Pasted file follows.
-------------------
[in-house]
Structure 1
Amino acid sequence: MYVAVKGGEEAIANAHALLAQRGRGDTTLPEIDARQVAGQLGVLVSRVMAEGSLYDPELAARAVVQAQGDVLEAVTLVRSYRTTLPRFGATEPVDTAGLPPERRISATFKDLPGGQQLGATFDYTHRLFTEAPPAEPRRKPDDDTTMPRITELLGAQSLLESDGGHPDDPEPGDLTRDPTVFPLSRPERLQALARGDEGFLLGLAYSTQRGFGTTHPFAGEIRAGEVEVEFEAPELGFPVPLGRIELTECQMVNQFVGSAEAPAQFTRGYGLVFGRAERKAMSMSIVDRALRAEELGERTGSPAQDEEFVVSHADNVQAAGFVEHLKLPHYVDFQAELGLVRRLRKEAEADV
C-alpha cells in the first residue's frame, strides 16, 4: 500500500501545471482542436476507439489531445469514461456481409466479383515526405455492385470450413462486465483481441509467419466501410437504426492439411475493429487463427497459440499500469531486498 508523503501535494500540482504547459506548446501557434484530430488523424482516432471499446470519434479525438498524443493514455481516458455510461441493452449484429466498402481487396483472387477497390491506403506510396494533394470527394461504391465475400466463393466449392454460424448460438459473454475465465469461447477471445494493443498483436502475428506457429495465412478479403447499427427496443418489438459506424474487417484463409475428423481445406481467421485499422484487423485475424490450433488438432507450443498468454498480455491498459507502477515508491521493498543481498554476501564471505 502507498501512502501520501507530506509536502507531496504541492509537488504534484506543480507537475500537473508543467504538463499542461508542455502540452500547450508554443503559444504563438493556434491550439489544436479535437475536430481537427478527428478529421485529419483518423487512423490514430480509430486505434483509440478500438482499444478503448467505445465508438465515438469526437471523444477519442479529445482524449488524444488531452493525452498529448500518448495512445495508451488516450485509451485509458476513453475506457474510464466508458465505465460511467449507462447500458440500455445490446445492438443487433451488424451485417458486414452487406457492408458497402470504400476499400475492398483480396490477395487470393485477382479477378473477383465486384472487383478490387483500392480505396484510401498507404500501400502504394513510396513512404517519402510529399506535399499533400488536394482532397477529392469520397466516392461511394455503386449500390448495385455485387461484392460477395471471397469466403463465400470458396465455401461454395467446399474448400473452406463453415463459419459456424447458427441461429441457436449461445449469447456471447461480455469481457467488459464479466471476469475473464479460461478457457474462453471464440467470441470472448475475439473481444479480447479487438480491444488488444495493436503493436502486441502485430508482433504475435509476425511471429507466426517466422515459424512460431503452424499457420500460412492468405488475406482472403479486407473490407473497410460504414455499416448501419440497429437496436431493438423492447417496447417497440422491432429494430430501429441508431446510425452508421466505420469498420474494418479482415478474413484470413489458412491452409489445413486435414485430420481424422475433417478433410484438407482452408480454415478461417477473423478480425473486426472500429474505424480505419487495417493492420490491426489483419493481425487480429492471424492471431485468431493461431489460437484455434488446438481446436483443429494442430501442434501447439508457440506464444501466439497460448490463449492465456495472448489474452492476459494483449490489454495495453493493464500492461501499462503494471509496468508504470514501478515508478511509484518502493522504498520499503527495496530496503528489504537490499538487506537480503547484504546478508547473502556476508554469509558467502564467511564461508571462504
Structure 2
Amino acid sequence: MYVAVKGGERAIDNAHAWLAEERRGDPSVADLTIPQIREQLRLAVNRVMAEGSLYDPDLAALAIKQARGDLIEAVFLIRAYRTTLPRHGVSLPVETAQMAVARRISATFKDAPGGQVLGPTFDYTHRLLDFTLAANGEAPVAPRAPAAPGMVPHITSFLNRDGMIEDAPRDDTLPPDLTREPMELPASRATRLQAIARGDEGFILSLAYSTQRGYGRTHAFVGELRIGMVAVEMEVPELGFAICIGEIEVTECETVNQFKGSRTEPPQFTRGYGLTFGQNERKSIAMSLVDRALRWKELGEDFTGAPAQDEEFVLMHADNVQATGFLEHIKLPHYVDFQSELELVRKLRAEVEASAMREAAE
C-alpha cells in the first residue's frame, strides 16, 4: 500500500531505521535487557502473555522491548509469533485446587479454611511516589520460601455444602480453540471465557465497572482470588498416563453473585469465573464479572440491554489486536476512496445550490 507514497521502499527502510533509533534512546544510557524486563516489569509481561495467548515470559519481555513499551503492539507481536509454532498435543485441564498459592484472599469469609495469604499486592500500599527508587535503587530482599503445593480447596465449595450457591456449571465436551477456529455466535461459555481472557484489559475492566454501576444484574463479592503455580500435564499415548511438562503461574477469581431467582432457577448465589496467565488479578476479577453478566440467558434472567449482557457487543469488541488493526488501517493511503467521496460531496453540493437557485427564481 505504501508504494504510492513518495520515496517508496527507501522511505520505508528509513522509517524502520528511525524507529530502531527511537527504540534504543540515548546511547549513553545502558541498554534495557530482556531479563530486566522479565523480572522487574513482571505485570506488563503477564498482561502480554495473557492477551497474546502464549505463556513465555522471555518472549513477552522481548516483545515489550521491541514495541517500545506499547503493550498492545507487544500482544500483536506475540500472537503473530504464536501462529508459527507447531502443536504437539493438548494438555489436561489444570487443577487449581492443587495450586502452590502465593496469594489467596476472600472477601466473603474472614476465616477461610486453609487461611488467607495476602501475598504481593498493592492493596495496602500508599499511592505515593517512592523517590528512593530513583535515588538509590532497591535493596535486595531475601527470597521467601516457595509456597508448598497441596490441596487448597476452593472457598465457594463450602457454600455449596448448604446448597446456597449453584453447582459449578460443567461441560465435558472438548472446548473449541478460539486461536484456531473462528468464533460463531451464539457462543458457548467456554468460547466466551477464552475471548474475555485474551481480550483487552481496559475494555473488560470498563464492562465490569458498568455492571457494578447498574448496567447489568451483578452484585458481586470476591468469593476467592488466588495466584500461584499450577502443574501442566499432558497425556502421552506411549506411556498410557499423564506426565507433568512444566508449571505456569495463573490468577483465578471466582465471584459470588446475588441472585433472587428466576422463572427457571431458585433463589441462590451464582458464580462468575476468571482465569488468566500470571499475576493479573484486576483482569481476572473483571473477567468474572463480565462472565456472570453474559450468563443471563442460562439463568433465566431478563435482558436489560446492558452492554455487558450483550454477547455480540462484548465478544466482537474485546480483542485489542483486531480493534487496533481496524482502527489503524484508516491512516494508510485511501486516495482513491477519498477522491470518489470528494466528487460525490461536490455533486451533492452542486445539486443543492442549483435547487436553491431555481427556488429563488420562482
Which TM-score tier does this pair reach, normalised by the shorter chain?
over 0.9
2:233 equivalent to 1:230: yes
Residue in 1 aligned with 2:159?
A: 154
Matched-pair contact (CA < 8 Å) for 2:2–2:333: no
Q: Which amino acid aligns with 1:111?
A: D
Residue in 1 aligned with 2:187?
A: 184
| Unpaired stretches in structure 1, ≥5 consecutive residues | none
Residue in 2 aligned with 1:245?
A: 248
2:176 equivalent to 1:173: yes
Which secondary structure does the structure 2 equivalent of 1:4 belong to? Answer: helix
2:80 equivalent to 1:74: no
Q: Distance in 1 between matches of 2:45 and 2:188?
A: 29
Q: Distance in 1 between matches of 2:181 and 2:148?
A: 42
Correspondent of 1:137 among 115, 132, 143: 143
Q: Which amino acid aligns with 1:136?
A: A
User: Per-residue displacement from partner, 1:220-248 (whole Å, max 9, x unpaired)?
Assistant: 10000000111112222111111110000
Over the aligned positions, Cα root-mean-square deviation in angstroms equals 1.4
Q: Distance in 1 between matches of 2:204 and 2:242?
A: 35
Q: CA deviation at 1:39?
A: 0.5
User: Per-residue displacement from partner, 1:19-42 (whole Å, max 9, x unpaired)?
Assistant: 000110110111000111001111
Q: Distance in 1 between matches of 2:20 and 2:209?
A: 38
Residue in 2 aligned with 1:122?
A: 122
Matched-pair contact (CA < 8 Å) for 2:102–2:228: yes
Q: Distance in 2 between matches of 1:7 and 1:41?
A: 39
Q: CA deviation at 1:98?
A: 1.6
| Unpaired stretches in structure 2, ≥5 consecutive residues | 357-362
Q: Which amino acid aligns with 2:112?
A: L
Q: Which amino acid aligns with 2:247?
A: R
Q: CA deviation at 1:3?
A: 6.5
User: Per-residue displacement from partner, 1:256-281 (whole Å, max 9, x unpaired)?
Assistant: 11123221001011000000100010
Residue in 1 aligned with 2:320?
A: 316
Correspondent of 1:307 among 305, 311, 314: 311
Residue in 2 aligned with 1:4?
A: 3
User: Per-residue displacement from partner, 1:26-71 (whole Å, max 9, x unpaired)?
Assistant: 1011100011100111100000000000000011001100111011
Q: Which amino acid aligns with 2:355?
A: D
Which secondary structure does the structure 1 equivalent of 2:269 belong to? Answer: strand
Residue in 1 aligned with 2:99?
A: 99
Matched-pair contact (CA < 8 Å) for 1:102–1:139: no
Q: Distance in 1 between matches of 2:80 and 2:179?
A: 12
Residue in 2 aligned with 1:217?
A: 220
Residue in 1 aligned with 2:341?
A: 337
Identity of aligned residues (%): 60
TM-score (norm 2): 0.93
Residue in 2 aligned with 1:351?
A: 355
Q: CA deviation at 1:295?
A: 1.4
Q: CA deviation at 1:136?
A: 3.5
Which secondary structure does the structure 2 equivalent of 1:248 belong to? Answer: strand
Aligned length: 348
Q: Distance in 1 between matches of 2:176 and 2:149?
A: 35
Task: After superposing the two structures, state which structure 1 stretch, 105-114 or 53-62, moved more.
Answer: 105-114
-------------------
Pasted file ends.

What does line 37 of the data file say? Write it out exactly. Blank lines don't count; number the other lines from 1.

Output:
A: 0.5